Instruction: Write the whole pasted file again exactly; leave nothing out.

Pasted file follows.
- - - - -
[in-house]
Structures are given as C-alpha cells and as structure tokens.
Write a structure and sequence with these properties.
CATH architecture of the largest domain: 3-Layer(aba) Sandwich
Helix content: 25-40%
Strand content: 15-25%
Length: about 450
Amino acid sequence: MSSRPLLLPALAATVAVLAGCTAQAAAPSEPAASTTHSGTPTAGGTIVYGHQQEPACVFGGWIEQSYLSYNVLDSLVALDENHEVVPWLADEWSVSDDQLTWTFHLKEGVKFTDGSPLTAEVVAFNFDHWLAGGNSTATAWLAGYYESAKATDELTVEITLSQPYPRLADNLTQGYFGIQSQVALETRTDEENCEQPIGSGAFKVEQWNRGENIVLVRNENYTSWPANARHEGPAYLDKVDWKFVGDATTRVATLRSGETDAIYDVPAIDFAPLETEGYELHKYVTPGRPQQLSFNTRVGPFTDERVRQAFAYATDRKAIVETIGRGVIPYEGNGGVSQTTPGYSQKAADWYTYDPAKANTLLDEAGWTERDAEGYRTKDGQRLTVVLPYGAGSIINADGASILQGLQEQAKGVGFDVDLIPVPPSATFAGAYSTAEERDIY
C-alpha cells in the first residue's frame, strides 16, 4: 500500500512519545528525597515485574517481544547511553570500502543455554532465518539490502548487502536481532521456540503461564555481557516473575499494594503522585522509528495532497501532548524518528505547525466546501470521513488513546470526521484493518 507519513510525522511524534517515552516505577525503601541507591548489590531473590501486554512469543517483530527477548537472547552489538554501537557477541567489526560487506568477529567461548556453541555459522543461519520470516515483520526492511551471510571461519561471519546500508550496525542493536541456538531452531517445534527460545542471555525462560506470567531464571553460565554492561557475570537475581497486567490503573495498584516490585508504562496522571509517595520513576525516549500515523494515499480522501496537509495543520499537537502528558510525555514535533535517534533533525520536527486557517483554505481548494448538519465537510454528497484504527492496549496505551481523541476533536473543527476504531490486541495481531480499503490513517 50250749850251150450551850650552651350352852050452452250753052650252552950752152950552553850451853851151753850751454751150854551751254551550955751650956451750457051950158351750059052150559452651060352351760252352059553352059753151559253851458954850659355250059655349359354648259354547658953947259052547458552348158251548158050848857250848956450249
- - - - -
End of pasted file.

[in-house]
Structures are given as C-alpha cells and as structure tokens.
Write a structure and sequence with these properties.
CATH architecture of the largest domain: 3-Layer(aba) Sandwich
Helix content: 25-40%
Strand content: 15-25%
Length: about 450
Amino acid sequence: MSSRPLLLPALAATVAVLAGCTAQAAAPSEPAASTTHSGTPTAGGTIVYGHQQEPACVFGGWIEQSYLSYNVLDSLVALDENHEVVPWLADEWSVSDDQLTWTFHLKEGVKFTDGSPLTAEVVAFNFDHWLAGGNSTATAWLAGYYESAKATDELTVEITLSQPYPRLADNLTQGYFGIQSQVALETRTDEENCEQPIGSGAFKVEQWNRGENIVLVRNENYTSWPANARHEGPAYLDKVDWKFVGDATTRVATLRSGETDAIYDVPAIDFAPLETEGYELHKYVTPGRPQQLSFNTRVGPFTDERVRQAFAYATDRKAIVETIGRGVIPYEGNGGVSQTTPGYSQKAADWYTYDPAKANTLLDEAGWTERDAEGYRTKDGQRLTVVLPYGAGSIINADGASILQGLQEQAKGVGFDVDLIPVPPSATFAGAYSTAEERDIY
C-alpha cells in the first residue's frame, strides 16, 4: 500500500512519545528525597515485574517481544547511553570500502543455554532465518539490502548487502536481532521456540503461564555481557516473575499494594503522585522509528495532497501532548524518528505547525466546501470521513488513546470526521484493518 507519513510525522511524534517515552516505577525503601541507591548489590531473590501486554512469543517483530527477548537472547552489538554501537557477541567489526560487506568477529567461548556453541555459522543461519520470516515483520526492511551471510571461519561471519546500508550496525542493536541456538531452531517445534527460545542471555525462560506470567531464571553460565554492561557475570537475581497486567490503573495498584516490585508504562496522571509517595520513576525516549500515523494515499480522501496537509495543520499537537502528558510525555514535533535517534533533525520536527486557517483554505481548494448538519465537510454528497484504527492496549496505551481523541476533536473543527476504531490486541495481531480499503490513517 50250749850251150450551850650552651350352852050452452250753052650252552950752152950552553850451853851151753850751454751150854551751254551550955751650956451750457051950158351750059052150559452651060352351760252352059553352059753151559253851458954850659355250059655349359354648259354547658953947259052547458552348158251548158050848857250848956450249